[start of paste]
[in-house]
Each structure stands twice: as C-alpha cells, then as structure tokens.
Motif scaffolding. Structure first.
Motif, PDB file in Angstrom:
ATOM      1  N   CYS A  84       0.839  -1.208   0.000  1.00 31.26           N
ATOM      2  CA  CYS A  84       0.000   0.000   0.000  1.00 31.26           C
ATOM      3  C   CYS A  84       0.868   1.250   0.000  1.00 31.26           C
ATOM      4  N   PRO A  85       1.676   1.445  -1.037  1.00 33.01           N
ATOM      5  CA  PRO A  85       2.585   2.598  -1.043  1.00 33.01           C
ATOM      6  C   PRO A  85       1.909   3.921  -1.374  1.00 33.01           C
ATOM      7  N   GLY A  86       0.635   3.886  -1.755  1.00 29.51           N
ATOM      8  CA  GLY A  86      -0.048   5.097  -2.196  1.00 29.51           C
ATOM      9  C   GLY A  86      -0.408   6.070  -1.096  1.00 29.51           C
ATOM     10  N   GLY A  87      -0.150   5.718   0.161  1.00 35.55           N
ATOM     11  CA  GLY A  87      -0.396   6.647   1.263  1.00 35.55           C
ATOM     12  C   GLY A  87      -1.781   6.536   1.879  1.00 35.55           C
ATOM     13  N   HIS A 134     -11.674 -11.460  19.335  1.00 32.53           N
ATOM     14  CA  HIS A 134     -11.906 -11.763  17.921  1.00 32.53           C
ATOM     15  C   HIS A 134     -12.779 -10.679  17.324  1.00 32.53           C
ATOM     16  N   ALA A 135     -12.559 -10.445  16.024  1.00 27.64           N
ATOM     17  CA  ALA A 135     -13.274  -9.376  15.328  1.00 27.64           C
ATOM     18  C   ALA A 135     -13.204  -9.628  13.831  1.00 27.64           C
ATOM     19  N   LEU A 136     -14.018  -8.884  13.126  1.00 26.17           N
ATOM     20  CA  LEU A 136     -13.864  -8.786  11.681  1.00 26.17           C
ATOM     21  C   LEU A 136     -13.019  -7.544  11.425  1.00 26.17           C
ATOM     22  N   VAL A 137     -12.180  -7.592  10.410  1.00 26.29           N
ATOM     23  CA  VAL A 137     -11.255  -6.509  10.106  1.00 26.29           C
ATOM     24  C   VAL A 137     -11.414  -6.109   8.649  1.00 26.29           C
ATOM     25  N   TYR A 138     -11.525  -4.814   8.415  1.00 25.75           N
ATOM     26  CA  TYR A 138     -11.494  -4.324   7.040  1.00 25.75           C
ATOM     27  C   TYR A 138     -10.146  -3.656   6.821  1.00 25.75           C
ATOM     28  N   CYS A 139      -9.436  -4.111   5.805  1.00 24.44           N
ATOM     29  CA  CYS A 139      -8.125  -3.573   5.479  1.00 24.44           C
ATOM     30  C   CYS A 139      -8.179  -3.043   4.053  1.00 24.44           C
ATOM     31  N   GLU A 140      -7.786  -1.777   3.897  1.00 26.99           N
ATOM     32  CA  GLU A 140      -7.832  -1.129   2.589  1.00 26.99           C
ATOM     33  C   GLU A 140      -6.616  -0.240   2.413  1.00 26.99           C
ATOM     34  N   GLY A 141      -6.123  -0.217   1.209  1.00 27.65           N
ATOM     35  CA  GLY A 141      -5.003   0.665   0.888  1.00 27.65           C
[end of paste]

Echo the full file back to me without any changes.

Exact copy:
[in-house]
Each structure stands twice: as C-alpha cells, then as structure tokens.
Motif scaffolding. Structure first.
Motif, PDB file in Angstrom:
ATOM      1  N   CYS A  84       0.839  -1.208   0.000  1.00 31.26           N
ATOM      2  CA  CYS A  84       0.000   0.000   0.000  1.00 31.26           C
ATOM      3  C   CYS A  84       0.868   1.250   0.000  1.00 31.26           C
ATOM      4  N   PRO A  85       1.676   1.445  -1.037  1.00 33.01           N
ATOM      5  CA  PRO A  85       2.585   2.598  -1.043  1.00 33.01           C
ATOM      6  C   PRO A  85       1.909   3.921  -1.374  1.00 33.01           C
ATOM      7  N   GLY A  86       0.635   3.886  -1.755  1.00 29.51           N
ATOM      8  CA  GLY A  86      -0.048   5.097  -2.196  1.00 29.51           C
ATOM      9  C   GLY A  86      -0.408   6.070  -1.096  1.00 29.51           C
ATOM     10  N   GLY A  87      -0.150   5.718   0.161  1.00 35.55           N
ATOM     11  CA  GLY A  87      -0.396   6.647   1.263  1.00 35.55           C
ATOM     12  C   GLY A  87      -1.781   6.536   1.879  1.00 35.55           C
ATOM     13  N   HIS A 134     -11.674 -11.460  19.335  1.00 32.53           N
ATOM     14  CA  HIS A 134     -11.906 -11.763  17.921  1.00 32.53           C
ATOM     15  C   HIS A 134     -12.779 -10.679  17.324  1.00 32.53           C
ATOM     16  N   ALA A 135     -12.559 -10.445  16.024  1.00 27.64           N
ATOM     17  CA  ALA A 135     -13.274  -9.376  15.328  1.00 27.64           C
ATOM     18  C   ALA A 135     -13.204  -9.628  13.831  1.00 27.64           C
ATOM     19  N   LEU A 136     -14.018  -8.884  13.126  1.00 26.17           N
ATOM     20  CA  LEU A 136     -13.864  -8.786  11.681  1.00 26.17           C
ATOM     21  C   LEU A 136     -13.019  -7.544  11.425  1.00 26.17           C
ATOM     22  N   VAL A 137     -12.180  -7.592  10.410  1.00 26.29           N
ATOM     23  CA  VAL A 137     -11.255  -6.509  10.106  1.00 26.29           C
ATOM     24  C   VAL A 137     -11.414  -6.109   8.649  1.00 26.29           C
ATOM     25  N   TYR A 138     -11.525  -4.814   8.415  1.00 25.75           N
ATOM     26  CA  TYR A 138     -11.494  -4.324   7.040  1.00 25.75           C
ATOM     27  C   TYR A 138     -10.146  -3.656   6.821  1.00 25.75           C
ATOM     28  N   CYS A 139      -9.436  -4.111   5.805  1.00 24.44           N
ATOM     29  CA  CYS A 139      -8.125  -3.573   5.479  1.00 24.44           C
ATOM     30  C   CYS A 139      -8.179  -3.043   4.053  1.00 24.44           C
ATOM     31  N   GLU A 140      -7.786  -1.777   3.897  1.00 26.99           N
ATOM     32  CA  GLU A 140      -7.832  -1.129   2.589  1.00 26.99           C
ATOM     33  C   GLU A 140      -6.616  -0.240   2.413  1.00 26.99           C
ATOM     34  N   GLY A 141      -6.123  -0.217   1.209  1.00 27.65           N
ATOM     35  CA  GLY A 141      -5.003   0.665   0.888  1.00 27.65           C